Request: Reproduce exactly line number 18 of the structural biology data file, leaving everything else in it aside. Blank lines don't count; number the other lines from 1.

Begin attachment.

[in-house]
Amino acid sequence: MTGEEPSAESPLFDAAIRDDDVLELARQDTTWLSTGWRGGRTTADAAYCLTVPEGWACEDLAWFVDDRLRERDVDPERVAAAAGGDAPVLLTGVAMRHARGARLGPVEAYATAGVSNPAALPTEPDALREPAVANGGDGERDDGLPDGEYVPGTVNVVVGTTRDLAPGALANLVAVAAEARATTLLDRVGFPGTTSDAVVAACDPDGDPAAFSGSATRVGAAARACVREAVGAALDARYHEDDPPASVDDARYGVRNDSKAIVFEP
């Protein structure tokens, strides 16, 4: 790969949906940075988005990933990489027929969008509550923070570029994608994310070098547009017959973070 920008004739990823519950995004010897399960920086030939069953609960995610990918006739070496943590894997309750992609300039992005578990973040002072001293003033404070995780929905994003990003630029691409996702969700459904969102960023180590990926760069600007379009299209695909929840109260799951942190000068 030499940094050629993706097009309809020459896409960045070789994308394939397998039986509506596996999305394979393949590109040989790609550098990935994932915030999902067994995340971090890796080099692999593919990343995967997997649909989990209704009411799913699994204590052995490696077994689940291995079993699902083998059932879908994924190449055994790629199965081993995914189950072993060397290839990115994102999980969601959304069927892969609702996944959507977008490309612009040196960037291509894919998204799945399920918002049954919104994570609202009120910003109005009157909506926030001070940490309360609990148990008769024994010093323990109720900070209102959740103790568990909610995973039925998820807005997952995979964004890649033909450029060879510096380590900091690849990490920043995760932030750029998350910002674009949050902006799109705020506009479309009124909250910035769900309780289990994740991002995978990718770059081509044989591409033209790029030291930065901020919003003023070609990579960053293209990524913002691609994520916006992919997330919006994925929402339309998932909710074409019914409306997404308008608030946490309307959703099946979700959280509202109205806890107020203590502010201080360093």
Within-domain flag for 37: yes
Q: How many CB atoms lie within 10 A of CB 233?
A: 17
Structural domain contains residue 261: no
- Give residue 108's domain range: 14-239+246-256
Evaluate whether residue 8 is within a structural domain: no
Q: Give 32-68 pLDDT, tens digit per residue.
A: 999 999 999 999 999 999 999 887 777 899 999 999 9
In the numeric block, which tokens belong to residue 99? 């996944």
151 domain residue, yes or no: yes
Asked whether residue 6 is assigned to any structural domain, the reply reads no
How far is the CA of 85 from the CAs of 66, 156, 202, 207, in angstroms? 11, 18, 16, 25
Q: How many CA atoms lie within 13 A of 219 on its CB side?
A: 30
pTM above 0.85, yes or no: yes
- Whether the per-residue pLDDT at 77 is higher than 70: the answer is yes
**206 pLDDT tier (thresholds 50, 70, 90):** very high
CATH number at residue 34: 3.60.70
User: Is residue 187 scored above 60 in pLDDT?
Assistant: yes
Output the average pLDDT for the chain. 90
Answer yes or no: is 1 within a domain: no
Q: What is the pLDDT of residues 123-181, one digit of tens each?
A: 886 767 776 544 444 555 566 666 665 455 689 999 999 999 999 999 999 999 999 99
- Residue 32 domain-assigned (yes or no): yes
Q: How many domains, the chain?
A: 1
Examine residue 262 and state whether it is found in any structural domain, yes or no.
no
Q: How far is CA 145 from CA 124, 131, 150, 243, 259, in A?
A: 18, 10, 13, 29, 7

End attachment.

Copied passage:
pTM above 0.85, yes or no: yes